Of course, at this point, you’re probably wondering why I don’t just go online and take advantage of Absolver‘s PvEvP zones where AI enemies and real players alike can battle (or even engage in a few 1v1 duels). The thing is that going online resulted in pretty severe lag, that too for the PvE component where hit registration was heavily delayed. Only by going offline was I able to actually get some responsiveness back in my fights. I’m sure this issue will be addressed later by Sloclap but it’s a huge let-down, especially when the game is so clearly leaning on PvP.
It also doesn’t help that the world of Absolver is so lifeless and bland. NPCs are pretty much the same and barring perhaps the drunken master Jinn Mesca, there’s very little variety in the mini-boss and boss fights. Fighting against numerous AI opponents at once becomes annoying because you’ll whittle one down only for them to suddenly run away and their friends to distract you. Meanwhile, they’re back up to full health once you’re ready to fight them again. Switching between targets during combat can be annoying, especially when you’re being attacked from all sides. At least the NPCs try to counter your tactics, even if that means spamming their Style ability continuously and driving you to the point of insanity.
You can find new gear to equip, learn new moves by either dodging or blocking enemy attacks, and even learn new abilities like healing or summoning a weapon using the Shard system. Alternatively, some weapons can also be picked up. The abilities are interesting but ultimately bland as well. Weapon fighting has its own Combat Deck which could have been cool but that random sword you picked up will break over time. So don’t count on discovering and building up a fun arsenal either.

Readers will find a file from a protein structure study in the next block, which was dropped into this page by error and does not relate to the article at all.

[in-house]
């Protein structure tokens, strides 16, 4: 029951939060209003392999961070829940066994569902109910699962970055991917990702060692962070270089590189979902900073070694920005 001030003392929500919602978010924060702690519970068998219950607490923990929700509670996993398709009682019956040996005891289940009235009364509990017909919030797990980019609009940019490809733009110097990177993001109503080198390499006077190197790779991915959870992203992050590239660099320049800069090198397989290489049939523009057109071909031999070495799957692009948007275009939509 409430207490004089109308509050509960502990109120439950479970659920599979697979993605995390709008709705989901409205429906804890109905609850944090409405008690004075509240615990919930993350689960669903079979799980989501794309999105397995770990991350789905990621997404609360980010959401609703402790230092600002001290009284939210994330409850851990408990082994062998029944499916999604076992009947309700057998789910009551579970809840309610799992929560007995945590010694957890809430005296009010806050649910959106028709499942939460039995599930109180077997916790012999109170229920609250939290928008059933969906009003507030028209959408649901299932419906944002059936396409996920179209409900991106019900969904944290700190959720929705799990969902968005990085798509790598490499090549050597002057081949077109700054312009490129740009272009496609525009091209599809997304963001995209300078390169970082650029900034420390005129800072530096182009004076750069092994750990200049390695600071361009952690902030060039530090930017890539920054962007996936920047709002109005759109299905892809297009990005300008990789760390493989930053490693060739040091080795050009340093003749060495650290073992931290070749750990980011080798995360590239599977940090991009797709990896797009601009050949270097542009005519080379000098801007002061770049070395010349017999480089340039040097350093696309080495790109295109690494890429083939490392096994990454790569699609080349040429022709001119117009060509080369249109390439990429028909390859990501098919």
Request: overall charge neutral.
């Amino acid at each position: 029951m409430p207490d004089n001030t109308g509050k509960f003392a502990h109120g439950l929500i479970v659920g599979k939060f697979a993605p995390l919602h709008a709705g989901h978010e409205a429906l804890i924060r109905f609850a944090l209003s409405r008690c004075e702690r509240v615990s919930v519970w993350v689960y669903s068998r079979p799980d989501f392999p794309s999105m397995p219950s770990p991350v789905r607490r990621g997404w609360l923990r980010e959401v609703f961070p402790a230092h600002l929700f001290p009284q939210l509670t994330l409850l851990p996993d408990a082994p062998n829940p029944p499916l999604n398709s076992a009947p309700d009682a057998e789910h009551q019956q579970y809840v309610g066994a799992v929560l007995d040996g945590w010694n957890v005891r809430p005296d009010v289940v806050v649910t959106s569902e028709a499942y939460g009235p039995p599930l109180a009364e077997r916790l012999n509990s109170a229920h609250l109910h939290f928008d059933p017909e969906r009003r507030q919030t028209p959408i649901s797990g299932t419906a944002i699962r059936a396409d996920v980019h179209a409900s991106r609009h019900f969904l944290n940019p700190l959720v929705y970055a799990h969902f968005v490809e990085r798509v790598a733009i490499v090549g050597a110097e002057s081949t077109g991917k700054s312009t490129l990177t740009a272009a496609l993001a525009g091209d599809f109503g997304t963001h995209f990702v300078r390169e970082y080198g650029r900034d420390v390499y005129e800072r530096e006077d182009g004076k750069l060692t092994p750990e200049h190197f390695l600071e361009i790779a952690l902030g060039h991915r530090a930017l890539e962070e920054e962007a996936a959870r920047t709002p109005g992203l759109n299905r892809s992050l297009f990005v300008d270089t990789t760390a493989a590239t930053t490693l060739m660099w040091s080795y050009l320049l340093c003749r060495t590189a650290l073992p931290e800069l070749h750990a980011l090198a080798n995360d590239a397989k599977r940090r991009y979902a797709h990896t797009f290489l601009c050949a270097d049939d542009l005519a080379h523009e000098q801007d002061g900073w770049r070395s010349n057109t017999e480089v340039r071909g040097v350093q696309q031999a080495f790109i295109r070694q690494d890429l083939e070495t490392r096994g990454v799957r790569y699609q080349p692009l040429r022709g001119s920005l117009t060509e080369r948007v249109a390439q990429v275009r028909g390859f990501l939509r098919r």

"For me, Absolver is pretty much just a whole lot wasted potential."
The game is bereft of side quests, reasons to explore the world (which is anyway fairly small) and a real end-game to really sink your teeth into. You can fight tougher versions of past opponents but the real battle will be with other players as you join or start schools to gather more moves. Otherwise, just run around the limited environment and beat on NPCs or other players until you get bored.
There’s plenty to like about Absolver. Once you get the hang of the combat system, fights can become intriguing dances of attacking and counter-play. This highlights the aesthetic even more, especially the animation system and overall visual design (though running at 30 FPS on PS4 with some drops here and there certainly didn’t earn it extra points). Working together with other players and joining their schools to learn new moves sounds awesome in theory. But right now, it feels like Absolver is missing a lot.
The lack of variety in the PvE component, the boring atmosphere which is punctuated by the lack of music and compelling narrative, the irritating AI fights which can become absolute clusters, the sheer stupidity of not being able to change your Style without joining another player’s school, the inability to reallocate stat points – I could go on. And it’s a shame because there is some pretty deep fighting to be had here for those who are willing to put the time in.
As it stands, Absolver is a game that will be heavily reliant on a dedicated community. You may eventually come to the 1v1 duels and find beauty in your perfectly crafted Combat Deck. You may explore the world with some friends and engage in frantic battles. For me, Absolver is pretty much just a whole lot of wasted potential.
This game was reviewed on PlayStation 4.
Combat system is fairly strong with tons of customization while the actual fighting mixes strategy with reflexes. Decent visual design coupled with great combat animations. Learning new moves from other players is an interesting idea.
Severe lag when playing online, even without participating in PvP. Inability to change Styles without joining another player's school is asinine as it the inability reallocate stat points. Weapon combat is pretty disposable. World is fairly limited in both size, exploration and compelling content. Lack of variety in AI opponents coupled with a weak storyline. Pretty drab atmosphere overall.